5. HG – My husband begged me not to leave him – not to go off and live by myself because he has already “lost so much, a job, his driving licence” {due to long standing diabetes complications} and he LOVES me so much. I actually pity him. Felt sorry for him, begging me not to go live apart from him. It was actually PITIFUL. But, 10 days later – here I am being ignored. All because I came in from work yesterday {having finished 40 hours in a week on a busy, hectic ward} I asked my daughter if she was Ok. For that my husband told me to “Go back to work” and ignored me. It is ridiculous. Can you tell me HG, why would my husband do this? If he was so desperate for me to stay with him – WHY ignore me when I have worked so hard all week and over Christmas period – over something so trite?

    1. It is being done for fuel and control. You have done something (from his perspective) which merits being treated in this way. You, being empathic, need to find an answer based on your perception, however you often will be unable to do so. That is why you are better realising you are being treated this way because he is a narcissist and then take steps to protect yourself, rather than repeatedly trying to fathom out what it is that you have done/not done, because after all, even if you think you have worked it out (and usually you are wrong) and try to correct it, it will not work. Apply your efforts to those matters which you can control (you and no contact) and not to those matters you cannot control (the narcissist and his behaviours).

  6. This article is so true. Being manipulated with silence is the clearest way of saying so much…… none of it good!

    I wait with patience, obey, accept him as he is other women and all! But it’s never enough. I am just fuel, someone to manipulate and humiliate.

    I have low self esteem but have self respect. I know I am a good, kind and loyal person but at the same time accept the silences, the violence, the aggression. Who is really to blame?

    The narcissist is just made this way and can’t help but feed off others, they have to. But do we really have to take it? What makes us keep going back for more year afyer year. It’s like banging your head on a brick wall. It hurts so why do it over and over again hoping for a different result. He rang tonight got angry so now I must be punished with silence until he calls again and wants something, mainly my heaet and soul on a plate. It’s so sad for everyone but it’s the way it is. A narcissist can’t change and not can the co dependant.

  7. All I can say to generalize what I think.about such an utterly inhumane digusting way of treating another human being is WTF ever!!
    I don’t get how you can compare a child sulking over getting another biscuit as ST!?
    And I’d be curious as to know what sort of people would never countenance such behavoir and
    what sort of consequences would the child need to pay??!
    An extremely sick ass behavoir lasting months some narcs will execute. I wish I knew what actual way i could backlash to that MF of such horrid behavoir!! I know i personably had no trouble insulting him in every way i could after the first longest occurence of it! I’ve called him more names than he has me because I think treating a close friend/lover or family member like that is just abhorrently shitty!! So what type of empath does this make me, HG?? An ungrateful neglected childish one? I didn’t expect much in the relationship bcause I initially wasn’t wanting a relationship thus there wasn’t much of a golden period.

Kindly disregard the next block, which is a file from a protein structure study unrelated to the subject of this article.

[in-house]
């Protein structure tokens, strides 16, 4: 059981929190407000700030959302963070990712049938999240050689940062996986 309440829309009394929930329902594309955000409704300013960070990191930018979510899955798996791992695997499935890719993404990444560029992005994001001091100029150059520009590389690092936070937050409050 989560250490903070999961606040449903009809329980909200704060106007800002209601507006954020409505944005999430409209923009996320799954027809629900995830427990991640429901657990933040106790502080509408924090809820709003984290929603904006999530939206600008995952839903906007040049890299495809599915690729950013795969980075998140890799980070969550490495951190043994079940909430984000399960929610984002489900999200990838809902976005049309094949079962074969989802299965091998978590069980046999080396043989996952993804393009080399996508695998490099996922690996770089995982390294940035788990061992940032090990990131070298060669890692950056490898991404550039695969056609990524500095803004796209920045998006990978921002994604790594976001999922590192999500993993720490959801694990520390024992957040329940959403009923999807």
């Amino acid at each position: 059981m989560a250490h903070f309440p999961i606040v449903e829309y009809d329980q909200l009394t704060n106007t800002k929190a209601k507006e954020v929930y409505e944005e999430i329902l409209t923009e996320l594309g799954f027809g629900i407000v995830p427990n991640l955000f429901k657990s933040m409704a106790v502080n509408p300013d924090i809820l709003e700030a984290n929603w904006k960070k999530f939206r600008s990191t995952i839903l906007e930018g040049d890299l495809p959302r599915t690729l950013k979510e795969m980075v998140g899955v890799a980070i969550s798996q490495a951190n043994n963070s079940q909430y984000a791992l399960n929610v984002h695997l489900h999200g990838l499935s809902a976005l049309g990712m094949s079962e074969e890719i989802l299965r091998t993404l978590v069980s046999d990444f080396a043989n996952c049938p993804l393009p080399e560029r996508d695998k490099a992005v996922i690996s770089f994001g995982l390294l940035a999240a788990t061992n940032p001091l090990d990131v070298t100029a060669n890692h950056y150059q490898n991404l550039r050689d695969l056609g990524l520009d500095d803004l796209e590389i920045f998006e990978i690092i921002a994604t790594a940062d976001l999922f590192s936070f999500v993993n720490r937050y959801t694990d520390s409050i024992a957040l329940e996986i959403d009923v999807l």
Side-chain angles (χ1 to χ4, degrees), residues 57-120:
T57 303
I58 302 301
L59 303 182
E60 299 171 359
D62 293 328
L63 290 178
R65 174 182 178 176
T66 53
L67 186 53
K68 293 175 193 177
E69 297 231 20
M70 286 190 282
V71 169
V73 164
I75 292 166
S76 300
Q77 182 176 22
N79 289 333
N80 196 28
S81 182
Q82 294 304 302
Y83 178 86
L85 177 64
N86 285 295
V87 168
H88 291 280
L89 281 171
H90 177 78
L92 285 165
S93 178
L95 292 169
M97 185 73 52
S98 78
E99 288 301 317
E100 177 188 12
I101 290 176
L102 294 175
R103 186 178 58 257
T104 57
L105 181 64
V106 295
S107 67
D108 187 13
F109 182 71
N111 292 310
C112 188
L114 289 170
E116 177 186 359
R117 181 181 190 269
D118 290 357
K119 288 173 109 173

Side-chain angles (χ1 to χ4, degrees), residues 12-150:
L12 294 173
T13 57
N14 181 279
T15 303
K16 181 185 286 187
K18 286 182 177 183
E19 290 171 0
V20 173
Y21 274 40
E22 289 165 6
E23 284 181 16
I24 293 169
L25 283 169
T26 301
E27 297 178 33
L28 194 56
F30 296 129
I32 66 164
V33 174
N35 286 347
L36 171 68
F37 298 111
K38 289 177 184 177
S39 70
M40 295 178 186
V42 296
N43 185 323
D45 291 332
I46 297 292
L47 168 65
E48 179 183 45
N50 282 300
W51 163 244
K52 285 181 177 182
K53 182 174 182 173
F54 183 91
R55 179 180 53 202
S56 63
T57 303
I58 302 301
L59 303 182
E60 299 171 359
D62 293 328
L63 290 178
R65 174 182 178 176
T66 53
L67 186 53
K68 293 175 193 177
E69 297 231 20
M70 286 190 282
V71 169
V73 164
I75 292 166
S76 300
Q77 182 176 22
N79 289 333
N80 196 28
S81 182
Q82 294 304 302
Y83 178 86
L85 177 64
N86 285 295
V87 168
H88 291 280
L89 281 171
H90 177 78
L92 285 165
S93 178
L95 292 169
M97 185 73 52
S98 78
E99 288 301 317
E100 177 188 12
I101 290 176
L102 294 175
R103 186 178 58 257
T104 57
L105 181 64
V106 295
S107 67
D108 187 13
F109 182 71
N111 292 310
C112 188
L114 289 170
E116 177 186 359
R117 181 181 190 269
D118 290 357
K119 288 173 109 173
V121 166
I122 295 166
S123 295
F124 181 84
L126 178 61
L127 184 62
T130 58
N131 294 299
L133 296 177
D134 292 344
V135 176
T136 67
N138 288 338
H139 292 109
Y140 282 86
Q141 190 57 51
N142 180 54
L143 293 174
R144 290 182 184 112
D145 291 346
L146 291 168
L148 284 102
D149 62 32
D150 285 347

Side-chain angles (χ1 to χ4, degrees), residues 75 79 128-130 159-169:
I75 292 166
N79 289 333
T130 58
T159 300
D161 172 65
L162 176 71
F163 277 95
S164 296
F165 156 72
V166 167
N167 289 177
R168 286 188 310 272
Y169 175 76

And one of the commenters says this silence is not a discard??! It pretty much was in my case with a three month silence then finally a first hoover. I don’t think he expected me to blow as much steam as i did critisizing his measly pathetic ass self. It’s been four months this time. Good riddance. I’m done critisizing. But i will hear no more pity ploys etcetera. I ascertained surely what he was after first silence. Never bought into the manipulations afterward. Some of them were the sweetest he ever had said too 🙁

  8. I felt a strong urge to respond to this because I’ve been on the receiving end of the so called silent treatment from my mother. She would sulk for weeks after a disagreement, or for any reason at all. She would ignore me when I tried to talk to her or tell me to be quiet. She would talk over me but not to me. Never saying my name. I was a she or her. There was rarely any conversations in the home at all.

    After 21 years of living in a quiet household in my early years I grew to be a socially awkward woman. Painfully shy but desperate to fit in, so I had friends but I was the quiet one. Luckily I could rely on my looks to find a boyfriend because I couldn’t hold a conversation with anyone I was attracted to.

    Now I’m in my late 40s with 2 children, I’ve gained more confidence and vocabulary over the years but my biggest fear.. is being in a group of people and having to join in the chat. The fear of saying anything is overwhelming, my heart races, I sweat, get a lump in my throat, and if I say anything I’m usually so quiet so it’s hard to be heard.

    I know now that this anxiety is simply a fear of being ignored. Because the pain i felt from being ignored or not allowed to talk at home has stayed with me. I’m still frightened I’ll be laughed at, blanked or just not acknowledged at all. I’m super sensitive to people’s reactions.

    Sometimes I just don’t know what to say in social situations so people think that I’m too quiet or that I’m not interested in them.
    This isn’t the case it’s just my fear taking over.

    So to sum this up I’ve experienced both sides of it. But the fear of talking isn’t even recognised I don’t think. It probably comes under the umbrella of social anxiety.
    I would love to hear from someone who can relate to this.

    1. Tracy, my father did exactly the same things as your mother and I reacted the quite the same way you did. I was a very quiet child, very shy and spoke very quietly. It took me many years to overcome this.